How many times have you walked past a small massage business without any thought to what might actually be happening behind the opaque doorway and the glowing sign welcoming patrons? Have you ever given thought to the working conditions of the people washing the dishes at the restaurant you dined at last night? Would it shock you to know that modern slavery exists, that it is one of the fastest growing crimes worldwide, and that it is estimated to make more than $32 billion a year globally?
Human trafficking in the sex trade and labor industries is big business - very big business - denying freedom to millions of women, children, and men in the U.S. and around the world. It's organized, sophisticated, and nimble, and traffickers come up with dozens of savvy ways to control they people they exploit.
Based on the popular notion that sex trafficking spikes at the time of the Super Bowl, the issue has recently received an increase in media attention again this year. However, it is important to know that there isn't much evidence linking the Super Bowl to a major rise in trafficking. Instead of spotlighting the Super Bowl, we recommend a closer analysis of the available data and the sad realities of this societal plague to better understand how and where trafficking is really happening. Polaris Project has served more than 600 trafficking victims and fielded reports of more than 14,000 potential human trafficking cases through the National Human Trafficking Resource Center (NHTRC) hotline. In doing so, the organization has gathered a wealth of data on the economic system and market dynamics that fuels human trafficking.
Although there is a market for commercial sex around the time of the Super Bowl, this market demand exists 365 days a year. It could be there at any event where masses of people descend upon a specific city or region, and it is also there on any average day when no big sporting events are taking place. Human trafficking exists everywhere, from rural towns to large cities, and in every U.S. state - anywhere a trafficker can make a profit by exploiting vulnerable people.
So, this isn't just a Super Bowl problem. It's a national problem. Multiple cases of potential human trafficking were reported to the NHTRC hotline from all 50 states and Washington, D.C. in 2013 alone.
A better way to think about trafficking is this: traffickers run enterprises wherever they believe they can make high profits with little risk, and their operations rapidly evolve to changing market dynamics. They adapt to change better and faster than many large corporations. The sophisticated human trafficking industry must be met head-on with similarly adept counter-marketing, legal mechanisms, policy reform, and other strategic interventions to expose and disrupt the networks and systems that profit off the pain, suffering, and exploitation of others. At its core, human trafficking is a business. We have to fight it like one.
That's why Clear Channel Outdoor and Polaris Project are partnering to significantly raise the profile of this crime. We've expanded our billboard campaigns from cities like Baltimore, Las Vegas, and Phoenix to New York City and New Jersey as more than 500,000 football fans descend on the region and when the eyes of the nation are turned east for the biggest sporting event of the year. Seizing this invaluable opportunity, our new campaign will make nearly 10 million impressions over a two week period around the Super Bowl.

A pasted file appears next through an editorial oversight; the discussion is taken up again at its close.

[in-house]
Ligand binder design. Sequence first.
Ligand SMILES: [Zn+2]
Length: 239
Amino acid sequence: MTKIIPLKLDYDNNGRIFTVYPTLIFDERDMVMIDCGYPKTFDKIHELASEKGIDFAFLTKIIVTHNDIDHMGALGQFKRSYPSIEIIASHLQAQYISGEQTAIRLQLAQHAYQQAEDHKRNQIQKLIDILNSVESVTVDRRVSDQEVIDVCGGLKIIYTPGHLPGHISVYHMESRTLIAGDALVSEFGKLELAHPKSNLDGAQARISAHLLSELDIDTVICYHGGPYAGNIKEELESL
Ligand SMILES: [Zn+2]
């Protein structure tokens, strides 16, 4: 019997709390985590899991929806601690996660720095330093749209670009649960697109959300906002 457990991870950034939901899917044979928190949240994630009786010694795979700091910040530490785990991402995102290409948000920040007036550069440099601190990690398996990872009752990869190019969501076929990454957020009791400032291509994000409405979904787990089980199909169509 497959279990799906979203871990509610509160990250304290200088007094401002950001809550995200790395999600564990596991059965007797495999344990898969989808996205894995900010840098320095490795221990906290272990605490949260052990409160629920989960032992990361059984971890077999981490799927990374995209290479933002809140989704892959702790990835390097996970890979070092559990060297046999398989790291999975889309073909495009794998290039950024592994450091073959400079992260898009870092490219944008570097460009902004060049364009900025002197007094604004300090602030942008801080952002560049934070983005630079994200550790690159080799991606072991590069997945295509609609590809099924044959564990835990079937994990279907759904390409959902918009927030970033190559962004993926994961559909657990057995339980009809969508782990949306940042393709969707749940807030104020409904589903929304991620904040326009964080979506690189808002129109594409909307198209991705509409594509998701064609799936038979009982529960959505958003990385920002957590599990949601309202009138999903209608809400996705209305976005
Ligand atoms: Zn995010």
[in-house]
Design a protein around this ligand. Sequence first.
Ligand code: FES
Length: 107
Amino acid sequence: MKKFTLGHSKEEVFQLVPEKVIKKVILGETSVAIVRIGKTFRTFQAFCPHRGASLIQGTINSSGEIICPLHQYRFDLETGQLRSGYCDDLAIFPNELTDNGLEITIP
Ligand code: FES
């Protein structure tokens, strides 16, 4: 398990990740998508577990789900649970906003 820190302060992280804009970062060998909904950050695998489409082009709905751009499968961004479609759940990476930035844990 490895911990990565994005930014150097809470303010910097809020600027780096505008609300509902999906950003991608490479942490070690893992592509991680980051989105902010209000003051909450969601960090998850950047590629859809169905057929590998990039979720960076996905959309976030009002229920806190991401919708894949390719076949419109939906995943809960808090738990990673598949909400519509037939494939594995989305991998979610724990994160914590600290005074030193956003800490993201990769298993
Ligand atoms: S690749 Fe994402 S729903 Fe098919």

To the public, our message is simple - you can play a role in stopping human trafficking by understanding the facts and reaching out to the national human trafficking hotline if you suspect someone is being victimized. To the men, women, and children being exploited, our message is a hopeful one - know that there is a way out and that there are resources available to help.
We know partnerships like these work. The trucking industry, through the organization Truckers Against Trafficking, has trained thousands of truckers about the signs of human trafficking and when to call the national hotline. As a result of these efforts, the national hotline has received nearly 800 phone calls from truckers, including calls with valuable tips and information.
The financial sector can also take steps to cripple the trafficking industry by reporting suspicious financial transactions that may be tied to human trafficking operations. The hospitality industry can partner with organizations to train hotel staff on preventing and detecting sex and labor trafficking. Workers can learn how to spot when pimps are controlling women and girls and are trying to use hotel rooms as a transient and anonymous venue for commercial sex. And of course, media can play a role, as Clear Channel Outdoor has, by exposing the trafficking industry, raising public awareness, and inspiring victims to seek help. By applying pressure points like these, we create more risk and make modern slavery less profitable.
It's critical that this moment of opportunity tied to increased awareness at the Super Bowl be extended to a broader and more sustained effort that addresses the true magnitude of the problem and provides the necessary resources. Clear Channel Outdoor and Polaris Project invite other companies and business leaders to join in this effort.
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